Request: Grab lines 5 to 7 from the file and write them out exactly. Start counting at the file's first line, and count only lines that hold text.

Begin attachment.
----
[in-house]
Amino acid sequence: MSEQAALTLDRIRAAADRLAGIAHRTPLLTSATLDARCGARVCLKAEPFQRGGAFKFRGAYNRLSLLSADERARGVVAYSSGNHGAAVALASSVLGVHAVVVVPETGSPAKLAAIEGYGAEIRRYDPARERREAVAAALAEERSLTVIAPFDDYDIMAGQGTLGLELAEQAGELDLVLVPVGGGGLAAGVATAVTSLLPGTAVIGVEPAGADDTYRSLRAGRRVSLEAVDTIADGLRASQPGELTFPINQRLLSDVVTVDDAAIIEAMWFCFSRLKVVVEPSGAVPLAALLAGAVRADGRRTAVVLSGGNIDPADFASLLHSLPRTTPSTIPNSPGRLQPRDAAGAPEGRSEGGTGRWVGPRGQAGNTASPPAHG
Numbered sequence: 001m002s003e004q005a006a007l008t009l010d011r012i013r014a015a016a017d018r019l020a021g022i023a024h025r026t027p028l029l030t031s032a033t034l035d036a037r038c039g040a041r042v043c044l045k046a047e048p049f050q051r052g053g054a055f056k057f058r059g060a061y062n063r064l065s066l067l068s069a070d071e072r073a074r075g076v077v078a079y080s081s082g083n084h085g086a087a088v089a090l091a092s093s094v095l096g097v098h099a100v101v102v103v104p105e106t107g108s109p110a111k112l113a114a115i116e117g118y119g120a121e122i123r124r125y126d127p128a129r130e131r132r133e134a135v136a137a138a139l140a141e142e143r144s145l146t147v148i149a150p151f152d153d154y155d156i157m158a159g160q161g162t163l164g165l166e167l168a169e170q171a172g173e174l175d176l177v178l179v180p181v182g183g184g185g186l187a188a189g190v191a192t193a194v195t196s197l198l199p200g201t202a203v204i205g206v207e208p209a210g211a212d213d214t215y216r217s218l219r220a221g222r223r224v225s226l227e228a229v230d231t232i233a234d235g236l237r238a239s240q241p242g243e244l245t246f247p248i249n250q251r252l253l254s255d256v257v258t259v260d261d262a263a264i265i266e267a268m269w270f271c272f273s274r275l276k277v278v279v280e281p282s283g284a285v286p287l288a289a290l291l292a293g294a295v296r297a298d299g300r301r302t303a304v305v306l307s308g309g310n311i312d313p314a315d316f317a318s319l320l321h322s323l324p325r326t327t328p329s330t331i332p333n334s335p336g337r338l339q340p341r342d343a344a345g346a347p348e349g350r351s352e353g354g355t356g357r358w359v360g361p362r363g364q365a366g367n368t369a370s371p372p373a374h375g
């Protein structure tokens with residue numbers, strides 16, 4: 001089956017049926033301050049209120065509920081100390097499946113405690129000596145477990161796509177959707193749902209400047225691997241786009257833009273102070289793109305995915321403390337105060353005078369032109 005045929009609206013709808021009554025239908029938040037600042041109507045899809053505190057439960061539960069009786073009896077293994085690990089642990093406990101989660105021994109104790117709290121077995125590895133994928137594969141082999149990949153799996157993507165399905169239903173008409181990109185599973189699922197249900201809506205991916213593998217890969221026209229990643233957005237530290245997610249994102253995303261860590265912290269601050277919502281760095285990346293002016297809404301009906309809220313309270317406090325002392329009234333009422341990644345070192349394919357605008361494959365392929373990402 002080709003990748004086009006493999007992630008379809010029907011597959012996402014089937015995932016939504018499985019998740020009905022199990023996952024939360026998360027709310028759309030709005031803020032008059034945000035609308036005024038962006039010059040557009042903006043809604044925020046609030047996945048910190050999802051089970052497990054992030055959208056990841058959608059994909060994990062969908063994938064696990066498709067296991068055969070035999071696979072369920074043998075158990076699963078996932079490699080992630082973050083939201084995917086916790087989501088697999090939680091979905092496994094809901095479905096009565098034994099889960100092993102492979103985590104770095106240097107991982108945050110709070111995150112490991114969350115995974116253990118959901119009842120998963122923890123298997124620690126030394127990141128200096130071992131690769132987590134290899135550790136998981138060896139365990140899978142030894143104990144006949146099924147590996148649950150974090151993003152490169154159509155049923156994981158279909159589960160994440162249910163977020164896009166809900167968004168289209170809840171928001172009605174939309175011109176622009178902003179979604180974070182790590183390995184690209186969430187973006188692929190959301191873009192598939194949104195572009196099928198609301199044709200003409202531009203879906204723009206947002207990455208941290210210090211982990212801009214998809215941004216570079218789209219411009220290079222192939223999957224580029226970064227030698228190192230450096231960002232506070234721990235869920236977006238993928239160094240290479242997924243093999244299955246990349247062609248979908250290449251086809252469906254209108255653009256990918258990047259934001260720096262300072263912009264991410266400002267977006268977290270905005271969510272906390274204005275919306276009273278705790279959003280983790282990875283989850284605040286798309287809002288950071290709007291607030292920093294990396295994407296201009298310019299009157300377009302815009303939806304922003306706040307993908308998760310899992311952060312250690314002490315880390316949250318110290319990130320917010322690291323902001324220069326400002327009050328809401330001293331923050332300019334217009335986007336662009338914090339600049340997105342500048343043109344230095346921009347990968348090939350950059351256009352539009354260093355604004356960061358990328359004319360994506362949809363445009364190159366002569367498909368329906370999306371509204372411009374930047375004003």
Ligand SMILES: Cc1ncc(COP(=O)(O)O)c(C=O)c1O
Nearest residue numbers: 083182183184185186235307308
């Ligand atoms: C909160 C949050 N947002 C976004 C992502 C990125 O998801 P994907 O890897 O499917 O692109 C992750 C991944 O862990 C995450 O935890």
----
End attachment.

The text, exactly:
Ligand SMILES: Cc1ncc(COP(=O)(O)O)c(C=O)c1O
Nearest residue numbers: 083182183184185186235307308
């Ligand atoms: C909160 C949050 N947002 C976004 C992502 C990125 O998801 P994907 O890897 O499917 O692109 C992750 C991944 O862990 C995450 O935890």